Mother of returning British jihadist warns of Paris-style attack in UK
The woman, known only as Linda, flew to Turkey to bring back her 21-year-old son, James, last year after he secretly left their home in north London to fight alongside a militant group linked to Islamic State (also known as ISIS or ISIL).
“It is quite worrying that there's all these young men returning from these situations and I think that without the right provisions and right care, we could be risking an incident like what happened in France. We do as a society need to address these issues,” she said in an interview with BBC Inside Out London.
“There’s no point in us as a society denying the presence of all these people that are coming back because they are coming back and ignoring the problem isn’t going to make it any better. I feel if these people are just left unattended, not helped, not supported, the potential to society could be devastating. They could become a walking time bomb.”
Linda said she tried to get help for her son to support him in his de-radicalization progress and his re-adjustment to society. However, she added, “I went to various places to try and get him help but they've just said, ‘you know, there's nothing we can do.’”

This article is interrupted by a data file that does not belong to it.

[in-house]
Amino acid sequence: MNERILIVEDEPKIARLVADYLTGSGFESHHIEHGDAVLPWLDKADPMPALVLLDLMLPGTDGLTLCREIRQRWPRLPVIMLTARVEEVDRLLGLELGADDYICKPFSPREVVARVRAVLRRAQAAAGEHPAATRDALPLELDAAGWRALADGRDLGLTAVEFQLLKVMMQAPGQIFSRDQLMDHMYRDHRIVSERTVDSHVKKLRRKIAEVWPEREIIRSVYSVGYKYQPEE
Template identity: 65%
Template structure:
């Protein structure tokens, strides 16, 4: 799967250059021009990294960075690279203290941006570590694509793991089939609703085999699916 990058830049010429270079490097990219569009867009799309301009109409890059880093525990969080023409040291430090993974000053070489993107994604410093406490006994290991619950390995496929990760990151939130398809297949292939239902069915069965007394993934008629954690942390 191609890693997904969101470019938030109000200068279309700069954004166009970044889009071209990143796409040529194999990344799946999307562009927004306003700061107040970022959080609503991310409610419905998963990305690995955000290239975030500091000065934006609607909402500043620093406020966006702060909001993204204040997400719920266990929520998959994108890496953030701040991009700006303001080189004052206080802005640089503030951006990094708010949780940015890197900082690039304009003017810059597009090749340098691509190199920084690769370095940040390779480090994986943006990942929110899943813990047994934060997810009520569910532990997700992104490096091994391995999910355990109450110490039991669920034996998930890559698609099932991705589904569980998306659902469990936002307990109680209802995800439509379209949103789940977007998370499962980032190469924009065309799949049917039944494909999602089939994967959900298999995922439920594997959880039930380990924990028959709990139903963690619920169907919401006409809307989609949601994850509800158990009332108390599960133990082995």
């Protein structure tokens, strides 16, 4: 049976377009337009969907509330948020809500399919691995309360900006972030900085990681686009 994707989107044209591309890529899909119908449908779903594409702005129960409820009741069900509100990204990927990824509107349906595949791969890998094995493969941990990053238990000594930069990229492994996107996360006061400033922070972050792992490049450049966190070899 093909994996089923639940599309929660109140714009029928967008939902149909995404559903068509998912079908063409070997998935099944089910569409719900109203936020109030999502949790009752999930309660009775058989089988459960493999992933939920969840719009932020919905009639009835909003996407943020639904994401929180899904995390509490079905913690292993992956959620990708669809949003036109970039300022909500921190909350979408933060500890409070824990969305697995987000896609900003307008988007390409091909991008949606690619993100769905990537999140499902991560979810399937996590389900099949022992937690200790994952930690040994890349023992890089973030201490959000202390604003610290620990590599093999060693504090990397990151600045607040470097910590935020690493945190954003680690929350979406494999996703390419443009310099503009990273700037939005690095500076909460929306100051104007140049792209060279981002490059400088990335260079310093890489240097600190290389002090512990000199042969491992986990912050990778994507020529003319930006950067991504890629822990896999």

She said her son was recruited by jihadists online. While in Syria, he was caught in crossfire between opposing militant groups and was hit in the shoulder by shrapnel. When his mother found out about his injury she traveled to the Turkish border with Syria to retrieve him.
“He was in quite a fragile state,” she said. “He was by himself, he was scared.”
“At that point I knew I was going to have to go to Turkey. Because it gave him something to aim for, because he knew that his mum was waiting for him.”
They were reunited four months after he left their London home. After returning to the UK in February last year, he has been questioned by Scotland Yard, but was released the same day because he was not deemed a risk.
MI5 have since “pressured” James into giving them information, his mother said.
She said her son now “doesn't agree with terrorism whatsoever.”
“I’ve spent a lot of time and effort with him to help him to heal but it worries me that there are no provisions for other people and I know from my own experience that this sort of thing can be difficult for parents.”
As many as 500 young British Muslims are thought to have traveled to fight in Iraq and Syria. Around 300 are believed to have returned to the UK since.
The UK government says it offers returnees the opportunity to enter counter-radicalization programs, such as the Channel program, but Linda said no such support has been offered to her son.
A Home Office spokesman told the BBC: “Some of these people may have been exposed to traumatic experiences and others may be radicalized or vulnerable to radicalization.
“For some, prosecution for terrorist offenses is the right course of action. For others, it may be that support from, for example, mental health or social services might be more appropriate.”